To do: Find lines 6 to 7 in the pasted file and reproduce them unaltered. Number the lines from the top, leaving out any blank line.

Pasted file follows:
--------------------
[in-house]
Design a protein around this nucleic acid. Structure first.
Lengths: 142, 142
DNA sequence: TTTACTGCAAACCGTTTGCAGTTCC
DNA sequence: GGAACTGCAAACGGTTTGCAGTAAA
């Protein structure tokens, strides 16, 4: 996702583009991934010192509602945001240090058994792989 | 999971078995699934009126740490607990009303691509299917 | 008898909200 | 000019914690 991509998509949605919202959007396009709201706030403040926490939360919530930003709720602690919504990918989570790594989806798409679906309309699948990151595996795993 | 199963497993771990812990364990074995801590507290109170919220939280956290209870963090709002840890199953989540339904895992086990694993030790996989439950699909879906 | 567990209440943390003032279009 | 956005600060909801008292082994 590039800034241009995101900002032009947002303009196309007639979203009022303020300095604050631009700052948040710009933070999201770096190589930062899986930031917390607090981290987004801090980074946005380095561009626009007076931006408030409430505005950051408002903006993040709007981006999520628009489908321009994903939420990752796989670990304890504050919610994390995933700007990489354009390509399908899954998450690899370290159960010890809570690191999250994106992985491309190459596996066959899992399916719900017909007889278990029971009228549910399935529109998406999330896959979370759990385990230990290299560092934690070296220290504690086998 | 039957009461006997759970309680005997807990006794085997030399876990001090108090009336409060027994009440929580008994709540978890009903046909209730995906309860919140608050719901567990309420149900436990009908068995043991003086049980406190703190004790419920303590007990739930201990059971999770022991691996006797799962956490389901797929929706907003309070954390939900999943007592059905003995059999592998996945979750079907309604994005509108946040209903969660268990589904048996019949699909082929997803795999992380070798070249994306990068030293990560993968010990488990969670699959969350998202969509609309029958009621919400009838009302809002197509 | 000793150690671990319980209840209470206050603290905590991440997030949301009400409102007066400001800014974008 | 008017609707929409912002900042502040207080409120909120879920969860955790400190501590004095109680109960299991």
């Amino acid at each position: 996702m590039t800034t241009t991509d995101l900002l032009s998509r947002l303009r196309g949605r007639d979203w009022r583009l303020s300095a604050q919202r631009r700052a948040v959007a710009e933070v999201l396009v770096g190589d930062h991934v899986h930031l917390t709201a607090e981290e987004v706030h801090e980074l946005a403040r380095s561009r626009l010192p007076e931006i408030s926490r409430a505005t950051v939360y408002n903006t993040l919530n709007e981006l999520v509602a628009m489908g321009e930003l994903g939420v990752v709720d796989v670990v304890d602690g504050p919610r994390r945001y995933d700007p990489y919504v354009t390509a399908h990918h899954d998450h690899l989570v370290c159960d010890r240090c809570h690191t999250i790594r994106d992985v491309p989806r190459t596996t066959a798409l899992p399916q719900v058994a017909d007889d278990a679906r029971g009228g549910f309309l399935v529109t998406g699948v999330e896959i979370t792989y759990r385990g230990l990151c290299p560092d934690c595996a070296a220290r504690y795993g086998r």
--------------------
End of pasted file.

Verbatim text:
């Protein structure tokens, strides 16, 4: 996702583009991934010192509602945001240090058994792989 | 999971078995699934009126740490607990009303691509299917 | 008898909200 | 000019914690 991509998509949605919202959007396009709201706030403040926490939360919530930003709720602690919504990918989570790594989806798409679906309309699948990151595996795993 | 199963497993771990812990364990074995801590507290109170919220939280956290209870963090709002840890199953989540339904895992086990694993030790996989439950699909879906 | 567990209440943390003032279009 | 956005600060909801008292082994 590039800034241009995101900002032009947002303009196309007639979203009022303020300095604050631009700052948040710009933070999201770096190589930062899986930031917390607090981290987004801090980074946005380095561009626009007076931006408030409430505005950051408002903006993040709007981006999520628009489908321009994903939420990752796989670990304890504050919610994390995933700007990489354009390509399908899954998450690899370290159960010890809570690191999250994106992985491309190459596996066959899992399916719900017909007889278990029971009228549910399935529109998406999330896959979370759990385990230990290299560092934690070296220290504690086998 | 039957009461006997759970309680005997807990006794085997030399876990001090108090009336409060027994009440929580008994709540978890009903046909209730995906309860919140608050719901567990309420149900436990009908068995043991003086049980406190703190004790419920303590007990739930201990059971999770022991691996006797799962956490389901797929929706907003309070954390939900999943007592059905003995059999592998996945979750079907309604994005509108946040209903969660268990589904048996019949699909082929997803795999992380070798070249994306990068030293990560993968010990488990969670699959969350998202969509609309029958009621919400009838009302809002197509 | 000793150690671990319980209840209470206050603290905590991440997030949301009400409102007066400001800014974008 | 008017609707929409912002900042502040207080409120909120879920969860955790400190501590004095109680109960299991």
């Amino acid at each position: 996702m590039t800034t241009t991509d995101l900002l032009s998509r947002l303009r196309g949605r007639d979203w009022r583009l303020s300095a604050q919202r631009r700052a948040v959007a710009e933070v999201l396009v770096g190589d930062h991934v899986h930031l917390t709201a607090e981290e987004v706030h801090e980074l946005a403040r380095s561009r626009l010192p007076e931006i408030s926490r409430a505005t950051v939360y408002n903006t993040l919530n709007e981006l999520v509602a628009m489908g321009e930003l994903g939420v990752v709720d796989v670990v304890d602690g504050p919610r994390r945001y995933d700007p990489y919504v354009t390509a399908h990918h899954d998450h690899l989570v370290c159960d010890r240090c809570h690191t999250i790594r994106d992985v491309p989806r190459t596996t066959a798409l899992p399916q719900v058994a017909d007889d278990a679906r029971g009228g549910f309309l399935v529109t998406g699948v999330e896959i979370t792989y759990r385990g230990l990151c290299p560092d934690c595996a070296a220290r504690y795993g086998r």